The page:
No answer was put in by the other defendants, and it being shewn they were not inhabitants of the State, publication was made and the bill- set down' to be heard against them ex parte. •

Before the this cause, one of the plaintiffs, Mary S. McCain, intermarried with James Watt, and another, *179'Sally, intermarried with William Geren, and the defendant, Samuel Hill, died, having devised the tract of land in dispute to his two sons, Charles P. Hill and Green Hill, whereupon a bill of revivor was filed, in which the said James and William were joined as parties plaintiffs, and the said Charles and Green made parties defendants, and the cause has been revived accordingly.

On the question, whether the alleged conveyance was made by. Harris, we think the proofs are satisfactory. It is proved by William Taylor, that he, being desirous of purchasing a small piece of this land, applied to Harris to buy it, but was informed by Harris that he had sold the land to Byson; that thereupon he applied to Byson, bought the piece of land from him, took a conveyance, and immediately after entered into the actual possession and cultivation of it. This happened about the year 1807. Matthew Newell testifies that he knew of a negotiation going on between Harris and Byson for this land; that the former asked adollar and a half, and the latter offered to give a dollar and a quarter per acre; that he does not know that they concluded the bargain, but he knows that the parties afterwards had the land surveyed, and he was present with them at the survey. By-son used the land by cutting timber upon it. Charles Thacker testifies that he held a bond of Harris, and applied to him for payment, when the latter informed him that he was about to sell the land to Byson, that the .witness after-wards applied to Byson, who promised to pay the .bond as soon as he should have received the deed; that having learnt from Harris that the deed was executed, he again applied to Byson and communicated this fact to him; that he admitted that he had received the deed, pointed to a paper on the table which he said was the deed, and paid the bond to the witness. There is an attempt to discredit this witness by testimony respecting his character, but none of the witnesses introduced for that purpose, though they give him a bad reputation for honesty, declare him unworthy of credit. When to this testimony is added the admitted fact that, ever since the time of the alleged conveyance in 1807, Byson, Scales, McCain and the plaintiffs have used this piece of *180land by cutting' the timber thereon, and that there is no proof that from 1807 to 1832 either Harris or his heirs set up claim thereto or in any way exercised dominion thereon, we muS(; beiieVe that the alleged conveyance was executed.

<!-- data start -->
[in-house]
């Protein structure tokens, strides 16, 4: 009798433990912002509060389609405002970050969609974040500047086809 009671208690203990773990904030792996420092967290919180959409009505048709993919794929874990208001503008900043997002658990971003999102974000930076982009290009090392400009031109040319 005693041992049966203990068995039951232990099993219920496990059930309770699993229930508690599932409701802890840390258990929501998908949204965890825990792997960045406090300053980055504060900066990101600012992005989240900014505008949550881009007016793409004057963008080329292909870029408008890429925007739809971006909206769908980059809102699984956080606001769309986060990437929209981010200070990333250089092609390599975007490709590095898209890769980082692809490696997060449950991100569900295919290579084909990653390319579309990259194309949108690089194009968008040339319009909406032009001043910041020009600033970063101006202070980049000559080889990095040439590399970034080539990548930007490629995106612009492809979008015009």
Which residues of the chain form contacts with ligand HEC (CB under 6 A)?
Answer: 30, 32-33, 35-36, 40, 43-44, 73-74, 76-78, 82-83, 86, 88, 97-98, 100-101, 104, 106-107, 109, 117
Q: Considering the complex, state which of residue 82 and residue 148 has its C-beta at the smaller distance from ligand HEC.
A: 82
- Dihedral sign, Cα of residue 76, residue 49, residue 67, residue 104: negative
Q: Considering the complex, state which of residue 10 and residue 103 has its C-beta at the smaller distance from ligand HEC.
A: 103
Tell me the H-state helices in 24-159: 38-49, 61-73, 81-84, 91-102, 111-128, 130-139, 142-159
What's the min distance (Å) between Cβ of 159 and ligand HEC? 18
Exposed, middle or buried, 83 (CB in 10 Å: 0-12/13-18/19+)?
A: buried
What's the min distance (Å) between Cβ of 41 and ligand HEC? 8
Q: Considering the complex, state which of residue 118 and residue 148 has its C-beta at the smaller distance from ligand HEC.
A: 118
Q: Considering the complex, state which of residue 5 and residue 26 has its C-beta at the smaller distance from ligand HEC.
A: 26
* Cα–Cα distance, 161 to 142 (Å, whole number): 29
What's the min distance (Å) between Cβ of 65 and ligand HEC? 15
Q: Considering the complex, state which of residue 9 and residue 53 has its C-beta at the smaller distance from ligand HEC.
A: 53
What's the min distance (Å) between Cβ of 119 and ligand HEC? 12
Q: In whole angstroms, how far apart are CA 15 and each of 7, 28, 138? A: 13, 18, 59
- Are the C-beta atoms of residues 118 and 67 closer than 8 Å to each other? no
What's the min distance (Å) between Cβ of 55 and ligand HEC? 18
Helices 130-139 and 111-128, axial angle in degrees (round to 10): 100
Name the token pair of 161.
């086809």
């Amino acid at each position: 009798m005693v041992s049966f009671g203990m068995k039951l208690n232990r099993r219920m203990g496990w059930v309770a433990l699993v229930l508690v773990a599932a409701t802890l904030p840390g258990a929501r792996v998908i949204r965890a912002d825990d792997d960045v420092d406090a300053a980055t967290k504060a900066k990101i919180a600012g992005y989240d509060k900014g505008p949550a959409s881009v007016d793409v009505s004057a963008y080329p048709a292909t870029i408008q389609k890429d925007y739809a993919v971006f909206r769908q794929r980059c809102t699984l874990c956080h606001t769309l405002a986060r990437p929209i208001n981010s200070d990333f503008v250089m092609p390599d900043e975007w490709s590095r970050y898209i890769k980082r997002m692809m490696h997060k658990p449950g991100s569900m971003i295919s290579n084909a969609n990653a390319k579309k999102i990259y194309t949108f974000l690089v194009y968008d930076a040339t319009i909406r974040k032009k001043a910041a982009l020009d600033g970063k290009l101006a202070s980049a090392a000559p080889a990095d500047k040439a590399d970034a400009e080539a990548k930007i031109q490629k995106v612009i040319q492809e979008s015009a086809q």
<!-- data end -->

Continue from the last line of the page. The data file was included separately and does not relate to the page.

No deed is exhibited by the defendant Hill from the other defendants — and, if if had been, it is manifest from his answer, that long before he contracted for the land he was well apprised of the claim set up by McCain, and that it he bought the land he purchased at his own risk. There is ho proof that Saunders or himself paid any thing for the land.

The plaintiffs have exhibited the deed from Peter Byson to Scales, conveying a large body of lands, and also the deed from John Byson to Harris, which last, it is admitted, comprehends the land in question. But we are unable, by a comparison of the two deeds, to ascertain to our satisfaction whether the former deed comprehends it. As this fact is not admitted, we deem it proper that an enquiry be directed to ascertain with precision the boundaries of this piece of land; and whether the same be embraced within fhe deed made by Peter Byson to Scales. The commissioner mpst be authorized, if he deem it necessary, to cause a survey to be made, and to,examine witnesses on oath, so as to enable him to execute this enquiry. The cause is reserved for further direc? tions upon the coming in of the commissioners’ report.

Per CfiRiAiq., Ordered accordingly.